The data not only had names and drivers license info but also drivers photo and any past legal issues.

    It was clear by the officers reaction that I was not supposed to have seen this functionality.

    And then there are the traffic cameras put in place after backroom deals with the camera companies and corrupt transportation commisioners:

    https://www.chicagotribune.com/suburbs/lake-county-news-sun/chi-red-light-camera-indictments-20140813-story.html

    1. Anonymous Coward
      Anonymous Coward

      Re: Not just Border Patrol...

      I thought this technology was standard in police cars with an 'anpr' sticker on them. At least in the UK it is regularly shown in action on police documentaries, so I would expect it to also be available in most other countries.

      Maybe you shouldn't have been seeing the actual details of other citizens - also would be frowned upon in the UK, but not the technology itself.

      1. Yet Another Anonymous coward Silver badge

        Re: Not just Border Patrol...

        There is a fundamental difference.

        If the US system mistakenly identifies Mr Buttle the sunday school teacher as Mr Tuttle the international kinder egg smuggler, the police will simply shoot him as he drives past.

        If the UK ANPR system mistakenly identifies somebody with an expired road tax the police will be forced to drive at 70mph through a school playground in pursuit with 'regrettable' bystander related deaths.

  5. veti Silver badge

    Fun with definitions

    The claim that "No CBP systems were compromised" seems a bit - optimistic, all things considered.

    If the wholesale downloading of data to an unsecured facility - which is what they've admitted happened - isn't "compromising", what is?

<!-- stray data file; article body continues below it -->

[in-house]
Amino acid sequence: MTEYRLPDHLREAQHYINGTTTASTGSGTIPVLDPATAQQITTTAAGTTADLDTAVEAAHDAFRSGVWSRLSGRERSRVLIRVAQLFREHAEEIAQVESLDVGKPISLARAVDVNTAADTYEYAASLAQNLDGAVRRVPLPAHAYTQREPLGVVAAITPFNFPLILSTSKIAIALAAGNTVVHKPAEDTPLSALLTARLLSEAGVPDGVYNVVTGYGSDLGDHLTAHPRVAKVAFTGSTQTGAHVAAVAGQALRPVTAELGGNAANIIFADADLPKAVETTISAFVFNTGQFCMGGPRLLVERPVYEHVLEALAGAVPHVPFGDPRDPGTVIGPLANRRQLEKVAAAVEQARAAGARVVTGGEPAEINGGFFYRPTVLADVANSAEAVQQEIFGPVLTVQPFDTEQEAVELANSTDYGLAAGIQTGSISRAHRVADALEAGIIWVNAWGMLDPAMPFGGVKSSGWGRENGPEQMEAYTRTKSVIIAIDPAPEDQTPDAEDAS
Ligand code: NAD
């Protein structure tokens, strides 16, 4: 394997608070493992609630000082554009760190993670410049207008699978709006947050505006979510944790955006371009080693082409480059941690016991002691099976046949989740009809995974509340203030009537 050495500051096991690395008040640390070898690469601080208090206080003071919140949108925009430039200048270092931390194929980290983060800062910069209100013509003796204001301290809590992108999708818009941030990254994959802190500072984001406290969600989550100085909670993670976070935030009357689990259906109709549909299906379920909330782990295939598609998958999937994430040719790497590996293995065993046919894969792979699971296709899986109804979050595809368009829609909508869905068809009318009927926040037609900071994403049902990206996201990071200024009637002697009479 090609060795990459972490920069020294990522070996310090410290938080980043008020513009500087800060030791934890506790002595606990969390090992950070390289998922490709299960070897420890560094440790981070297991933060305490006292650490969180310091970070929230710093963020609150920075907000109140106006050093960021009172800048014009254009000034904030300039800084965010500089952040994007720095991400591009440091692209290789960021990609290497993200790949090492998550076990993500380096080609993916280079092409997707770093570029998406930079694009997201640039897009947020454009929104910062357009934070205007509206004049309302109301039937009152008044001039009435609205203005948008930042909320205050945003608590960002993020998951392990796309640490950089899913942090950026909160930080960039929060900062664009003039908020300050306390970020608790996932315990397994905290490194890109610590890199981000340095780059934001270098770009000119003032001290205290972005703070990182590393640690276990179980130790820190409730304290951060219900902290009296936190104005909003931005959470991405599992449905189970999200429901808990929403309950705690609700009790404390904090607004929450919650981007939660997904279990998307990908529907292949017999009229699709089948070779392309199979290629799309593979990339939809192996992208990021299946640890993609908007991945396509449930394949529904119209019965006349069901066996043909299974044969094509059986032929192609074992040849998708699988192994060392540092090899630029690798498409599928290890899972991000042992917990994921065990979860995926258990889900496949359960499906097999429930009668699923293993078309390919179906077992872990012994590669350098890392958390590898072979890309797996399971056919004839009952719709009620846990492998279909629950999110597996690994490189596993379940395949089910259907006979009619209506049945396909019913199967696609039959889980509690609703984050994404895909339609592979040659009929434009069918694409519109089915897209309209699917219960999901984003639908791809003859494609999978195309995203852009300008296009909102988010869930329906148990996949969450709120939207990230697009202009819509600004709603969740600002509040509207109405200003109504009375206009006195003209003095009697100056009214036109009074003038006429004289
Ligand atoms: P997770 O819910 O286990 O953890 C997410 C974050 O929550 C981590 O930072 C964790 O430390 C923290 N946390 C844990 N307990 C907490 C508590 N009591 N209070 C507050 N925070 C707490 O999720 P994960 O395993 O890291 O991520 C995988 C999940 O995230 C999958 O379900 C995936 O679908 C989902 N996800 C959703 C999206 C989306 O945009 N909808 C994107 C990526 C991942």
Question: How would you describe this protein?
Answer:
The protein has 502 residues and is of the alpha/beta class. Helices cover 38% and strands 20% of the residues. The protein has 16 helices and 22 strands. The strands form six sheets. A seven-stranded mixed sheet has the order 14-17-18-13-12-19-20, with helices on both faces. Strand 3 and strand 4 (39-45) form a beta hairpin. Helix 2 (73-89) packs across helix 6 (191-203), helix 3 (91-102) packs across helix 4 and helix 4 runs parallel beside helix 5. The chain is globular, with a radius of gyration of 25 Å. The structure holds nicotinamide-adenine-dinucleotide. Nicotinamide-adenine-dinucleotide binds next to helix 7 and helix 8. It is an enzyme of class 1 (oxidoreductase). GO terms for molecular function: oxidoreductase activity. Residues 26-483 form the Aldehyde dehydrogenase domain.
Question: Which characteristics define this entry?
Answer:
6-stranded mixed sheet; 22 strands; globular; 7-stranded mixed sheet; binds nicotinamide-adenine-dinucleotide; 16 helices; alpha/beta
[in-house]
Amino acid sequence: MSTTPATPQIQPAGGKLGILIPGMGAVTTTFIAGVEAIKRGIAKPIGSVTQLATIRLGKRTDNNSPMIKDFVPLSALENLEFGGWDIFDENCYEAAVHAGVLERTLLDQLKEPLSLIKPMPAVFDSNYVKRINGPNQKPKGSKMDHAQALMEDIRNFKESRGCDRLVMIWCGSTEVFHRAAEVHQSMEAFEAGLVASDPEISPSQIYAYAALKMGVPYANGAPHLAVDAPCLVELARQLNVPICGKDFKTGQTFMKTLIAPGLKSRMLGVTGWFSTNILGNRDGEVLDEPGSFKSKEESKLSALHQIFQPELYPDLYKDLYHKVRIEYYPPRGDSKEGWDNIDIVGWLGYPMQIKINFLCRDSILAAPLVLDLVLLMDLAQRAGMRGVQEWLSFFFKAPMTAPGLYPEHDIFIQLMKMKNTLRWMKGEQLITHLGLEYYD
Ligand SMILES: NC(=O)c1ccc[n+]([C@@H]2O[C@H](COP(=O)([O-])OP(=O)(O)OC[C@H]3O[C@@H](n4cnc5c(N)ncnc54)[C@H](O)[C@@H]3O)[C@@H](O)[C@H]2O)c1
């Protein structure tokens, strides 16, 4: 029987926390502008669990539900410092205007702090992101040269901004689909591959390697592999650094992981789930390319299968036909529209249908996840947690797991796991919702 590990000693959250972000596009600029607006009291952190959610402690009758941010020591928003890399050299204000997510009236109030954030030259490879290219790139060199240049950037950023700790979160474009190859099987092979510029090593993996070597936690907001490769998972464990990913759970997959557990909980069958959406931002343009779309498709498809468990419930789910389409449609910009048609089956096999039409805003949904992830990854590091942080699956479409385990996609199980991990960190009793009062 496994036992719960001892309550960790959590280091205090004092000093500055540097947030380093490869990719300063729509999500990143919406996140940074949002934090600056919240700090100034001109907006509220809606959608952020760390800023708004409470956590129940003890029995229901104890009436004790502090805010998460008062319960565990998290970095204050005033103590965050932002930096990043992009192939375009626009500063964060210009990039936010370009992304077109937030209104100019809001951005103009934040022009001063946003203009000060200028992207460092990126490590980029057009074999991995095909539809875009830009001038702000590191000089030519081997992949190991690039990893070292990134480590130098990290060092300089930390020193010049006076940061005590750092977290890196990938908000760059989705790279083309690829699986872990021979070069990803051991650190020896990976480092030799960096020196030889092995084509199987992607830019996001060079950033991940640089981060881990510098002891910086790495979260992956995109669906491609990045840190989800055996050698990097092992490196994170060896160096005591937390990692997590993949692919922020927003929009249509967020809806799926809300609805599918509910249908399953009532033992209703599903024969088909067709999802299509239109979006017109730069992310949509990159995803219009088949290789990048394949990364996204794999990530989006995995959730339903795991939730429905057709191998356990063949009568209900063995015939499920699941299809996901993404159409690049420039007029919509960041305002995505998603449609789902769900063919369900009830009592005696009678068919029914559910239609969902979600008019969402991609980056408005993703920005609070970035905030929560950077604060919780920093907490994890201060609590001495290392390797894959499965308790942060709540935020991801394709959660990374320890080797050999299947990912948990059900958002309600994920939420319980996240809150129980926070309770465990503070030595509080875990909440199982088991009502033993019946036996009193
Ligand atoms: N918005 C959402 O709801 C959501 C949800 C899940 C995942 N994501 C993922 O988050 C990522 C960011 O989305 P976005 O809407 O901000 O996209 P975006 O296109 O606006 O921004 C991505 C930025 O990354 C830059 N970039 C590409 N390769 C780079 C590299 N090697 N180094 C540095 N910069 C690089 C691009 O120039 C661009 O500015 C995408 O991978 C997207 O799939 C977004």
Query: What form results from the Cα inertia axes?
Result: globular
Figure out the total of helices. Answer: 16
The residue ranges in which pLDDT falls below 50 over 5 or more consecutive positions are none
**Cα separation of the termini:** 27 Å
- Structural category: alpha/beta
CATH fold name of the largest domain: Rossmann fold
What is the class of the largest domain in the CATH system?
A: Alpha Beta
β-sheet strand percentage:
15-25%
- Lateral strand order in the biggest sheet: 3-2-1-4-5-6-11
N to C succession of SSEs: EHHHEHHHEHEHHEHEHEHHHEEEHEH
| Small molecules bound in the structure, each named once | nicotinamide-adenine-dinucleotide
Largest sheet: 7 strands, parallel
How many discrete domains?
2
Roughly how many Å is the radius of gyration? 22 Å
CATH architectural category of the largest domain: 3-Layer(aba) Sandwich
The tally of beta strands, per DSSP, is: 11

1. yoganmahew

      Re: Fun with definitions

      Ah, but that's closely monitored, so that makes it okay.

      Same way I closely monitored my toddlers so they never pulled the wallpaper from the wall or shat themselves, I guess.

      I wonder do Perceptics make that face too?

  6. Anonymous Coward
    Anonymous Coward

    Consequences to the organisation or the management? A light slap on the wrist at most. Corporations and government departments alike have zero incentives to invest in Cybersecurity (dunno why my phone capitalised that) while the regulation is nonexistent or not enforced.

    Not until board members are personally liable will the situation improve.

    1. Arctic fox
      Headmaster

      Re "Not until board members are personally liable will the situation improve."

      I agree. In fact I would make a general point in this context. The law should be changed to ensure that when a company is fined for this or that piece of "misbehavior" the directors are also personally fined (or where the offence is serious enough, jailed) with it being a criminal offence for the company to compensate them in any way shape or form. Only then will we begin to see the big companies behave like coporate citizens. Once the directors own arses are on the line we might see an improvement.

    2. Halfmad Silver badge

      Make it PENSION-ABLY liable - in other words long term impact personally and you'd have an answer straight off the bat. This should be the case for execs the world over. Taking the pay cheque and on paper responsible.. but have little interest.

  7. Blockchain commentard Silver badge
    Facepalm

    CBP should have read Perceptics T's & C's more closely. "We will take whatever information we want to help improve the customer experience" which is a phrase also used by everyone to take data and sell it on.

  8. DrM

    4,000?

    4,000 images? That's like 30 minutes of traffic?

  9. Pascal Monett Silver badge

    "the subcontractor violated mandatory security and privacy protocols outlined in their contract"

    And all the subcontractor gets is close monitoring ?

    That's the problem with all the stern wording and posturing - if you don't follow through, then you're the one who is ridiculous. And, in this case, Perceptics should be thrown out and there should be a complaint filed for gross negligence against the company, with damages.

    But Perceptics cannot be thrown out, because the company has its arm entirely in the US Border and ripping that out would be very, very painful. So I'm guessing the CEO went in to make his apology, probably even groveling as nicely as possible, promising that it would never happen again, and left secure in the knowledge that he will be able to keep milking that particular cow for a long while yet.